The sponges of the west coast of Florida, from Apalachicola Bay to Key West, are famous for their textures, colors and versatility. And those from Key West soak up the most praise. These most simple of multi-cellular animals filter sea water through minuscule pores. From this filtration process the sponge gets the oxygen and nutrients it needs.
Key West is notable for the number of premier distinctions it has held - from once being the richest city per capita in America during its wrecking days, to being the Southernmost city in the United States in our own. The pattern holds true in regard to sponges. At the turn of the century, Key West supplied at least 90% of the sponges used in America.
Key West sponges were renowned for their remarkable quality and distinguishing colors. But world-wide economic conditions during the Great Depression, helped destroy the market for such things as high-quality sponges, and Key West saw another of its native industries disappear.
While sponges were contributing to Key West's fame and wealth, the sea introduced new players to the islands. Following the 1868 Cuban Revolution, many natives of that picturesque but troubled island made their way through the Gulf to the relative safety and security of Key West. These refugees brought with them the secrets of Cuban cigar manufacture. By the 1870's, cigar makers were swarming over Key West, arriving from Cuba almost daily.
In one of those odd instances that seem to punctuate the history of these marvelous islands, the newcomers, by pursuing cigar-making, provided for themselves an excellent income in an industry which didn't exist before their arrival, and which therefore didn't require them to compete with the natives for the few jobs otherwise available.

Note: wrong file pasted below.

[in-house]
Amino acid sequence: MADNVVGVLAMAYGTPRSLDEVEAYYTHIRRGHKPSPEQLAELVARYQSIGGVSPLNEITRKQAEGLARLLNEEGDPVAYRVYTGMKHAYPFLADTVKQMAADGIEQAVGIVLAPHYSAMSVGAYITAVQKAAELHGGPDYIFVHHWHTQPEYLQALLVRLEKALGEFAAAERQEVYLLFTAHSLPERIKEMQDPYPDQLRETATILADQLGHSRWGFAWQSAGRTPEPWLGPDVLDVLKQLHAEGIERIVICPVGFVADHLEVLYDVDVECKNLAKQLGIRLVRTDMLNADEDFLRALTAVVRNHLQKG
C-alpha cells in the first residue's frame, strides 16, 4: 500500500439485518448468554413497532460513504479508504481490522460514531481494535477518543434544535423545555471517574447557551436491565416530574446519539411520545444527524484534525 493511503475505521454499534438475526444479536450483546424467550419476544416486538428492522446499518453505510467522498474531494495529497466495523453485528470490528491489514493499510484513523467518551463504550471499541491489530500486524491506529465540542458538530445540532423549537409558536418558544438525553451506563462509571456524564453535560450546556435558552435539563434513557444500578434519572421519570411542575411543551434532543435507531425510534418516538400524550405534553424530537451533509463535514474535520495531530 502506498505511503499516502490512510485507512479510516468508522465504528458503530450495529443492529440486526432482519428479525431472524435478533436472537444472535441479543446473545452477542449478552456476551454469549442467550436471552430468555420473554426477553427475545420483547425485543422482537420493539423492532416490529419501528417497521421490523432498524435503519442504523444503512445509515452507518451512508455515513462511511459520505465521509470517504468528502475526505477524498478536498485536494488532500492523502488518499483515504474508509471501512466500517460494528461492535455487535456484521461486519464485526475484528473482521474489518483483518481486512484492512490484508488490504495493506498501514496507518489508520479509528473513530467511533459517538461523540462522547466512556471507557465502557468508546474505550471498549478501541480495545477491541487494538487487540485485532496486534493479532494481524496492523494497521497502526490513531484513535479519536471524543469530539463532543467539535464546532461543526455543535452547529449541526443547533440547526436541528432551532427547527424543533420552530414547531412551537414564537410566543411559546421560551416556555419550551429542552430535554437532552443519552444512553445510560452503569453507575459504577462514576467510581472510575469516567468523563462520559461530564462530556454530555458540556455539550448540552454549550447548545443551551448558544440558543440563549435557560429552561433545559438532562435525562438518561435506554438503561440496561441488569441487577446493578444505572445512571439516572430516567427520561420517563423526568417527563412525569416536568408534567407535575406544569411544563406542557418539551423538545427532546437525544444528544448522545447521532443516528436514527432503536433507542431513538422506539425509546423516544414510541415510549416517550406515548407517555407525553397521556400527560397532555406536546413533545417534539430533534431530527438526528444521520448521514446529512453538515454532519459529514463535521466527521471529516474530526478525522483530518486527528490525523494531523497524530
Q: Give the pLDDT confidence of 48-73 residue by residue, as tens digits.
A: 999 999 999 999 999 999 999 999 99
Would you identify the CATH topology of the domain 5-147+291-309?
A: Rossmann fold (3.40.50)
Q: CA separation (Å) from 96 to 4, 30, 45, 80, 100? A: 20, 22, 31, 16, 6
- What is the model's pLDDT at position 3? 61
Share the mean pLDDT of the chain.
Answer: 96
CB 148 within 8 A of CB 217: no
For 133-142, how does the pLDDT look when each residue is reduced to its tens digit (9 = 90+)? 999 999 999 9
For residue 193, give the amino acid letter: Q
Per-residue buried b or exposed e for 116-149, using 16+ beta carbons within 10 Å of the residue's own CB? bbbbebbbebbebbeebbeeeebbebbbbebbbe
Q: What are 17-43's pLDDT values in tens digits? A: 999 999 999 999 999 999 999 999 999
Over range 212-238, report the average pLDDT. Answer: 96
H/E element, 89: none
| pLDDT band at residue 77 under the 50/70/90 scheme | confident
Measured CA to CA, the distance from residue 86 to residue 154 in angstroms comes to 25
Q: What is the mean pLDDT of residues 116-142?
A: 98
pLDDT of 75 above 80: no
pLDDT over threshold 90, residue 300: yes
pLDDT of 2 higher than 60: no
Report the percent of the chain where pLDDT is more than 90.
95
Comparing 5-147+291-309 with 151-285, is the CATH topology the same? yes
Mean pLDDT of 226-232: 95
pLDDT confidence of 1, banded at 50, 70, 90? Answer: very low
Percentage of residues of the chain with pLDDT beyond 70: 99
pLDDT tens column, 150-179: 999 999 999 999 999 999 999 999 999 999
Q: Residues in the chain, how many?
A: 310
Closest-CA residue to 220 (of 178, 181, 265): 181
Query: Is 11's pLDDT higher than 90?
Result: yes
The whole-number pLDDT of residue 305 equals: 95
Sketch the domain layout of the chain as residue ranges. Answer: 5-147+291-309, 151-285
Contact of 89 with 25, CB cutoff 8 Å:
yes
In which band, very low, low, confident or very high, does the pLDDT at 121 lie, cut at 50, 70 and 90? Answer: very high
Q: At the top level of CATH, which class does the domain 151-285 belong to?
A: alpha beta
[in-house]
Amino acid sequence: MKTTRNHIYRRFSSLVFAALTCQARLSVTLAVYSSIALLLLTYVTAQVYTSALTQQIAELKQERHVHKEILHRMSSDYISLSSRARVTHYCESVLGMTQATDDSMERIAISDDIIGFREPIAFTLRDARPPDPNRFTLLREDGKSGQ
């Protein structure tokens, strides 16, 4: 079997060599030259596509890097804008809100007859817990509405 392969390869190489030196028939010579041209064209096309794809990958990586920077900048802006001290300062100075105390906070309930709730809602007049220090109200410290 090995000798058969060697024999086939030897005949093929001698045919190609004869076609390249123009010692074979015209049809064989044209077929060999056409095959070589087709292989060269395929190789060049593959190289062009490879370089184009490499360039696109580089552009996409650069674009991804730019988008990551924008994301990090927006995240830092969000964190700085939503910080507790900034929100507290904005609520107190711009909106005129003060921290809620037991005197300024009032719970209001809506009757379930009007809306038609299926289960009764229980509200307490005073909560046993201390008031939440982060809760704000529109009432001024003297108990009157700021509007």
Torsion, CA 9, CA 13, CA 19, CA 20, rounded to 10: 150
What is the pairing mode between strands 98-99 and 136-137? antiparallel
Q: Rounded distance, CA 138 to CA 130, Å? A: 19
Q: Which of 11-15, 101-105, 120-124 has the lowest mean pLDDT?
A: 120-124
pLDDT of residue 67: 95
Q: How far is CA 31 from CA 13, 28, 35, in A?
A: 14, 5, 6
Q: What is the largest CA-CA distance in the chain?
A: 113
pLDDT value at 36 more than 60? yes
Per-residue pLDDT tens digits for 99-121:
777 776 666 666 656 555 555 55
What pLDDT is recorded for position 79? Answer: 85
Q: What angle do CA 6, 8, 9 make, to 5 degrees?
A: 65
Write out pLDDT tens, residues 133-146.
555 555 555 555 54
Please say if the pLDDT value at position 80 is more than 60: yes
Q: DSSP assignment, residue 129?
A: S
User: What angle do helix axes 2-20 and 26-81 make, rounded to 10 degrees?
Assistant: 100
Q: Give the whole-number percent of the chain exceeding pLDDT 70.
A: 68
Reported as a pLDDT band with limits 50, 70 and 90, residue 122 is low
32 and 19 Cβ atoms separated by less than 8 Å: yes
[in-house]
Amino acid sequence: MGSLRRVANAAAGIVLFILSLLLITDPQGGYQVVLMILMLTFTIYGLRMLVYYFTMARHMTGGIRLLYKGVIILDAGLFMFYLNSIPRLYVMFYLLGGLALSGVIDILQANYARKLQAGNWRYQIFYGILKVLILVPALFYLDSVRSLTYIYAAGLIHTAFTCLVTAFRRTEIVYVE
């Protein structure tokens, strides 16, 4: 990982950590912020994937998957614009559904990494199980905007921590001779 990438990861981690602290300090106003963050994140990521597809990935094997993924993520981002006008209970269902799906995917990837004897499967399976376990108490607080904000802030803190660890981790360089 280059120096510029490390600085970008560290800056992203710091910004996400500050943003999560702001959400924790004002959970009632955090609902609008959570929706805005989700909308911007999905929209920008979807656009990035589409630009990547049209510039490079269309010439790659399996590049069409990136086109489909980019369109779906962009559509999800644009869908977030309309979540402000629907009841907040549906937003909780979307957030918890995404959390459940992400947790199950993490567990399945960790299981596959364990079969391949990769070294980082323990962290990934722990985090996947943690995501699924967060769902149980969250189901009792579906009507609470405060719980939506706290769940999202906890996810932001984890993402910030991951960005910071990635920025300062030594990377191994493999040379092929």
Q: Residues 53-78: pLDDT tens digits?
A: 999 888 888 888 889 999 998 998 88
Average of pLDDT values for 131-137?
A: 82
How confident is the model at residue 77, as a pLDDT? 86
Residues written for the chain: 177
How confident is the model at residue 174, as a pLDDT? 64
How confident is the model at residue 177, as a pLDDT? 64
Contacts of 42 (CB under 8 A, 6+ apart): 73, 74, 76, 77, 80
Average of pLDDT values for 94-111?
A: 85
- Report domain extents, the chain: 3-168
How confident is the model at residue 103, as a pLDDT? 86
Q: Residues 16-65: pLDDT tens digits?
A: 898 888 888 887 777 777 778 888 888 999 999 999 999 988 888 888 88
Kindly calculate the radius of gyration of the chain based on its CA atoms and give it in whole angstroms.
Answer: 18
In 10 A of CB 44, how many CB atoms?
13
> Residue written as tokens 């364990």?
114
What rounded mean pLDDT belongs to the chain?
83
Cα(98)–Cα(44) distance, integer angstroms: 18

Key West is astonishing in this way. Like its fabled coral reefs, it generally creates a mutually acceptable and even beneficial existence for the diverse elements that constitute it.
Thanks in large part to the cigar makers, who by 1890 numbered nearly 6,000 and hand-rolled over 100 million cigars a year, Key West was the 13th largest port in the U.S.
The shotgun houses known as "cigar maker cottages" had added a new architectural wrinkle to Key West, and cigar advertisements from here eventually crossed the Atlantic and were influential in a wide range of German advertising artwork. Gradually the demand for cigars diminished, but lately, with the return of the cocktail lounge and the "swanky life," cigar afficionados have begun to seek out Key West cigars just as their grandfathers once did.
When wreckers and pirates roamed the seas near Key West they often captured large Green turtles to enrich their diets. These gentle creatures have a tender, veal-like meat and are easy to catch. Add that to their ability to survive for long periods on board ship in a era without refrigeration, and it wasn't long before many a sailor gained a fine appreciation for turtle soup.
By 1849, Key West, never a city content with existing ways of making a living, had its first turtle soup cannery. Known in many parts of the world as a delicacy, the Green turtle quickly became another Key West phenomenon.
By the 1970's, the world had become aware of the extent of man's degradation of the environment, and efforts were beginning to be undertaken in earnest to repair the damage. In the early part of the decade, Green turtles were put on the Endangered Species list, and another Key West industry disappeared.
But, if you are lucky enough to catch sight of one of these magnificent creatures you'll understand why this was a necessary trade-off. They are graceful and majestic, and their presence would be missed in the islands.
Key West's history is one of continuous change. In imitation of the coral which frames the islands, Key West accumulates new strata with each passing season and each season's passing fancy. From sponges that would delight any epicurean, to cigars the way they should be, to unprepossessing creatures of the sea who enrich our lives with their existence, Key West is layer upon layer of rich, vibrant life.